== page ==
MedDRA Structure

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Chapter: Pharmacovigilance: Medical Dictionary for Regulatory Activities (MedDRA)

MedDRA is supplied as flat ASCII files. These files are linked and arranged in a hierarchical matrix.


MedDRA is supplied as flat ASCII files. These files are linked and arranged in a hierarchical matrix. Each MedDRA term is presented as words and also comprises a non-logical 8-number code. The terms are organised within 5 hierarchical levels: Lowest Level Terms (LLT); Preferred Terms (PT); High Level Terms (HLT); High Level Group Terms (HLGT); and System Organ Class (SOC) (Figure 13.1). Concep-tually, it can also be considered that the terms are arranged into 26 vertical axes, each represented by an SOC.

Lowest Level Terms – around 60 000 in number at the time of writing – are at the bottom of the hier-archy and consist of synonyms, lexical variants, and other similar representations of specified medical or associated conditions. These terms are intended for entry onto a database for purposes of ‘coding’ the data. The large number of available LLTs provides a high degree of probability that the words used by the individual – for example, a doctor reporting an adverse reaction (the verbatim or ‘reported’ term) – will be represented in MedDRA as an identical, or very similar, LLT. However, some LLTs are referred to as ‘non-current’. These are obsolete, ambiguous or mis-spelt terms, sometimes inherited from other terminologies, or ones that breach MedDRA’s rules in some way, or that are in some other way unacceptable for routine use. They are retained in MedDRA to facil-itate conversion of historical coded data but should not be used for coding new data. MedDRA terms are never deleted from the terminology, although terms may be demoted to the lowest level and made non-current.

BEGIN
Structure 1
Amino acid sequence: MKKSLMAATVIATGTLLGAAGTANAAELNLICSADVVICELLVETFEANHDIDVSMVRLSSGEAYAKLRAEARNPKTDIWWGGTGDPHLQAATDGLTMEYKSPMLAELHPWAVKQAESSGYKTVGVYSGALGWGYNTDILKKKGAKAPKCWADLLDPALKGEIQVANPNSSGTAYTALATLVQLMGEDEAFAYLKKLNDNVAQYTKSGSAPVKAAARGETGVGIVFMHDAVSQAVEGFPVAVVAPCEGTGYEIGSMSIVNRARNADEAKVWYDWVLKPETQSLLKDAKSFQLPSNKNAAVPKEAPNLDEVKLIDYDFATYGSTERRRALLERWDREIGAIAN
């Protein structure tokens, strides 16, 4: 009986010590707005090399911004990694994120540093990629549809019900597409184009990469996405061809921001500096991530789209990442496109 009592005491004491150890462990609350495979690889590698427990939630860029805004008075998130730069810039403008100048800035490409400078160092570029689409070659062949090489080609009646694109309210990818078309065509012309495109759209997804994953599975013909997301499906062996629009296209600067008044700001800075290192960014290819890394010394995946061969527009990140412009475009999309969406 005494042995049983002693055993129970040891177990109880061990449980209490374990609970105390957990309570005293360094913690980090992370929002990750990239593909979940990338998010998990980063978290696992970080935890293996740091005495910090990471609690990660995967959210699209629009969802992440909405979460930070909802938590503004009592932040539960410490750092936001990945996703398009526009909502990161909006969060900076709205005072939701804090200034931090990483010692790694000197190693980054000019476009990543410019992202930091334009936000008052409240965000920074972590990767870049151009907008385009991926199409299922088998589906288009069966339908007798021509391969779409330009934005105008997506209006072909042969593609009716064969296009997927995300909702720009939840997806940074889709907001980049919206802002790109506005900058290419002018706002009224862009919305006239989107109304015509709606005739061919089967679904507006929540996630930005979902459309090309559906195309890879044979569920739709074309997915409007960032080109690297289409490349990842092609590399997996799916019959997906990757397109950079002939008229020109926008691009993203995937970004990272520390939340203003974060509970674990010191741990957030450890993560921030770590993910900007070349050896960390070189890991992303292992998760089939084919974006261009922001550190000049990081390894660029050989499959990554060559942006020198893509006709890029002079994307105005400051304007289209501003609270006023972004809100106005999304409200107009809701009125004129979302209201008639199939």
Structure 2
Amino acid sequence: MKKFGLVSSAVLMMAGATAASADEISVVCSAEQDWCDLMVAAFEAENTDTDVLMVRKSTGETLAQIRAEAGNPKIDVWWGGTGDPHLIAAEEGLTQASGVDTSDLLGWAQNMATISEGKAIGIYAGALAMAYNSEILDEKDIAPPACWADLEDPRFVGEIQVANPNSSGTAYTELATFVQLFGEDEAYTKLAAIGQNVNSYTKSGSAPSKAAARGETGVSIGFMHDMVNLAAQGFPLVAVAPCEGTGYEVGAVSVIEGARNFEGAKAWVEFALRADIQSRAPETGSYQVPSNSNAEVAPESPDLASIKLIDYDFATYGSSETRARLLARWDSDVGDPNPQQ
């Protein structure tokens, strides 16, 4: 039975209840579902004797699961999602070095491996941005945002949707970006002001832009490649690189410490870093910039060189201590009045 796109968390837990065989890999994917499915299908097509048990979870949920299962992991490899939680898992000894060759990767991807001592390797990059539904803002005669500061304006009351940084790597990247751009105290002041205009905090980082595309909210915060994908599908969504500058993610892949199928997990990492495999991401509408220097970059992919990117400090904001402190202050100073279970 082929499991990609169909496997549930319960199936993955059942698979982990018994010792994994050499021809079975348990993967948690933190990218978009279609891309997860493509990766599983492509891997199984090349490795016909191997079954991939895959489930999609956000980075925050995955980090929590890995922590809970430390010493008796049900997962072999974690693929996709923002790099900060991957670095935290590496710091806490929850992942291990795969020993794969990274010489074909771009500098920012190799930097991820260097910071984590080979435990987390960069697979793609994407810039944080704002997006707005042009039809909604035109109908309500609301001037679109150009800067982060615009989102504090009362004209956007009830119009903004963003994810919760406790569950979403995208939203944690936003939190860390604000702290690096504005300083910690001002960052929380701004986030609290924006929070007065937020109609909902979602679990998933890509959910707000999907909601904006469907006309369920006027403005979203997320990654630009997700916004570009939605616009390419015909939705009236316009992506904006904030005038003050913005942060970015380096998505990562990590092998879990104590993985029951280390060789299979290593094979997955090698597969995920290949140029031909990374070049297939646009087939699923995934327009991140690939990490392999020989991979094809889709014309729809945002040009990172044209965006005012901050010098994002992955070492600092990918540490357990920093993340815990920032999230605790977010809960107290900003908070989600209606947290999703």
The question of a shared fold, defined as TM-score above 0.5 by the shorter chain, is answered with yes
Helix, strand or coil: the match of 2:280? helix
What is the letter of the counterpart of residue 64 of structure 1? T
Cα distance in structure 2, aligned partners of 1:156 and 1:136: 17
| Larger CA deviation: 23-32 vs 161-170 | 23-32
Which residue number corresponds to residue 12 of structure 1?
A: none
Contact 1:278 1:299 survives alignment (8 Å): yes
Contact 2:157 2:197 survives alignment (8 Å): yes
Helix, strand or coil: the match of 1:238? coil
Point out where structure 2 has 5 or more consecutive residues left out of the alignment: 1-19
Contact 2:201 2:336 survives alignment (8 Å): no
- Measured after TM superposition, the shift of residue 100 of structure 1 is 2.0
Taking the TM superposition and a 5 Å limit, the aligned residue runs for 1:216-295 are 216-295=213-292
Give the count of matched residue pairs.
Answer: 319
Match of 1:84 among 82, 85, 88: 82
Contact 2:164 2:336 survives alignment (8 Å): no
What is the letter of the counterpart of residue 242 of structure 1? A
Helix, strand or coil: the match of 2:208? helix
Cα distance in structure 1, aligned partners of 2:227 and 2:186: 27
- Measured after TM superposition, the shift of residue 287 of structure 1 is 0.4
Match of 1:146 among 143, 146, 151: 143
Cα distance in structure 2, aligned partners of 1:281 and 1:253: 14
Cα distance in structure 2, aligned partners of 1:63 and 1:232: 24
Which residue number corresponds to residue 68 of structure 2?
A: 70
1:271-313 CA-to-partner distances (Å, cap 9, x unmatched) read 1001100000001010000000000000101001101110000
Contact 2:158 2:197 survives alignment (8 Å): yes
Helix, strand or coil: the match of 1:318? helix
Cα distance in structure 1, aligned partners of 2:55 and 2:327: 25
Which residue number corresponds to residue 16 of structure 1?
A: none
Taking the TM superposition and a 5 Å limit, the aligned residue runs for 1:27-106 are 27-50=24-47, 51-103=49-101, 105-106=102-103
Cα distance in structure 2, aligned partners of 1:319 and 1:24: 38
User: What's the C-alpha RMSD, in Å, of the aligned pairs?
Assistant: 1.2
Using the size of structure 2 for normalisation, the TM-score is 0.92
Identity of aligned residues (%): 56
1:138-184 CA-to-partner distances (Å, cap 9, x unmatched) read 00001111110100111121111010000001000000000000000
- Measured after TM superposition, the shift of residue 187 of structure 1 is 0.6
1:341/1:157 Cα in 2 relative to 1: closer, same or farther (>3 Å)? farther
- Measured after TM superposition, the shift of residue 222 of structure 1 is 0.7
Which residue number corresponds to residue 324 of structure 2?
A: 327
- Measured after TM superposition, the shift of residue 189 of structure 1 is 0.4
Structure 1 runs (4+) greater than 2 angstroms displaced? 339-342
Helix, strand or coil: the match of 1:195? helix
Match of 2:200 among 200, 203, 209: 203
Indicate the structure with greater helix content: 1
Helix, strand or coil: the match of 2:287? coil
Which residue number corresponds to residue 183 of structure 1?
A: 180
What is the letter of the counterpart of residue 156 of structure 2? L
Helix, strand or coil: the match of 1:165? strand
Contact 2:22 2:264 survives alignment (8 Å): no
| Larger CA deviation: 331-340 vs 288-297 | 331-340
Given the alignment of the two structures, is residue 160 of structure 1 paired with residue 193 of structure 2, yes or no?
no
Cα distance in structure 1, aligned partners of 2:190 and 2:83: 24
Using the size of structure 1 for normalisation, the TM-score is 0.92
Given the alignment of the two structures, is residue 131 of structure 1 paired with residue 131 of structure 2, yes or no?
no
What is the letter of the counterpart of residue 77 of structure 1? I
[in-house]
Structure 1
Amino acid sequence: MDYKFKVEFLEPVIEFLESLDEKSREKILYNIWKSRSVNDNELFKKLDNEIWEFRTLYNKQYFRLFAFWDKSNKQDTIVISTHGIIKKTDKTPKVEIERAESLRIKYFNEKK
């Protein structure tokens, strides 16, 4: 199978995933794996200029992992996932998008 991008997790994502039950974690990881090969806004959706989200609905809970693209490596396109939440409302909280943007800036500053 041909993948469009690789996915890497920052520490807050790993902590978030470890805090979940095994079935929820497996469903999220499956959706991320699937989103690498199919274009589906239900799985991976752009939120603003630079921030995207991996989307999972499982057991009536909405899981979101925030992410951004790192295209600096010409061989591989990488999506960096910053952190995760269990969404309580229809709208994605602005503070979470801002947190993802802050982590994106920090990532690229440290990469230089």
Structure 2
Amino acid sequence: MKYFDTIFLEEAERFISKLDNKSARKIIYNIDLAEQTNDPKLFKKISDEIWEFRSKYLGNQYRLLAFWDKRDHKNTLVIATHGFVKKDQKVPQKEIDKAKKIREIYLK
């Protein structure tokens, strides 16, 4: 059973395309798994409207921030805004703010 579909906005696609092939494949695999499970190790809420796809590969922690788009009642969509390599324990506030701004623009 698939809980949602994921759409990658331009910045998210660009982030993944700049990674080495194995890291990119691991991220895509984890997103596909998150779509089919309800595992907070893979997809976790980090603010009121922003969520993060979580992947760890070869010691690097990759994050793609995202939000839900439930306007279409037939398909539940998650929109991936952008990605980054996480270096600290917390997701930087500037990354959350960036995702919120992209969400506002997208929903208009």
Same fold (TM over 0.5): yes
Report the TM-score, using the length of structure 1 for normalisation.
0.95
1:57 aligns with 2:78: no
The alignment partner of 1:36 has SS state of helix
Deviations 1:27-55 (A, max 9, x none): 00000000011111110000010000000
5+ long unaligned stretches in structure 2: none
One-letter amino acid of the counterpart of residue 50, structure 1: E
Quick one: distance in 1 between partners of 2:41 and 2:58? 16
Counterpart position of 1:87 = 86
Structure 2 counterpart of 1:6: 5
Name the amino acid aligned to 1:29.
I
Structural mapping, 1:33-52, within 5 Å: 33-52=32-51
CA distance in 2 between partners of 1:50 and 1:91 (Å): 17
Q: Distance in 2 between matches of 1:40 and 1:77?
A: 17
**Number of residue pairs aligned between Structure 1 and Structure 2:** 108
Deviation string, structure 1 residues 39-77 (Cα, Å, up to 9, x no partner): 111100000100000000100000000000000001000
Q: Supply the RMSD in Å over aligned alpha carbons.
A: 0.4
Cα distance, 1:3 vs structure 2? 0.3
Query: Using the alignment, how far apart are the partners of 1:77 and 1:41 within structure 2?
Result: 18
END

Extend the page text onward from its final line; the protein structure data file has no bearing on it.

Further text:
Similar LLTs are linked to the same PT, of which there are of the order of 16 000. An example is shown in Table 13.1. Each PT is also duplicated as an LLT. The PT level is that favoured for use in case retrieval and data presentation, each PT ostensibly representing a unique medical concept (although in reality there may be overlap). PTs associated with similar medical conditions are in turn grouped under some 1 600 HLTs (approximately). Examples of PTs grouped under an HLT are shown in Table 13.2. HLTs are grouped as clusters under some 300 or so HLGTs, an example of which is shown in Table 13.3. HLGTs in turn are distributed among 26 SOCs, as shown in Tables 13.4 and 13.5 respectively.

These hierarchical groupings help bring together similar medical conditions for purposes of case-finding and presentation. Thus the HLTs and HLGTs may help to subdivide large tables of aggregate data, as shown in Table 13.6.

As with some other terminologies and classifica-tions (e.g., WHO-ART or the International Classifi-cations of Diseases), MedDRA is referred to as being ‘multiaxial’. This means that a PT (with its subor-dinate LLTs) may be represented in more than one SOC. In this case, MedDRA designates one SOC as being ‘primary’, for purposes of data presentation. The other locations (up to 4) of the PT are referred to as ‘secondary’ locations.

An example of the multiaxial structure of MedDRA is shown in Table 13.7. A problem arises for some users of MedDRA because their database systems do not adequately handle the MedDRA data model. Hence, they may be unable to utilise the secondary location of terms. This is unfortunate, as secondary locations facilitate finding all cases relevant to a particular medical condition. Thus, for example, if there is interest in finding all reports of ventricu-lar arrhythmias, it is helpful that cases of Sudden death (primary location of the PT is in the General disorders SOC) would be retrieved in a search of the Cardiac disorders SOC under the HLT Ventric-ular arrhythmias and cardiac arrest, as the term has a secondary location there – if the database system functions adequately. This will be considered further under Database Searches below.

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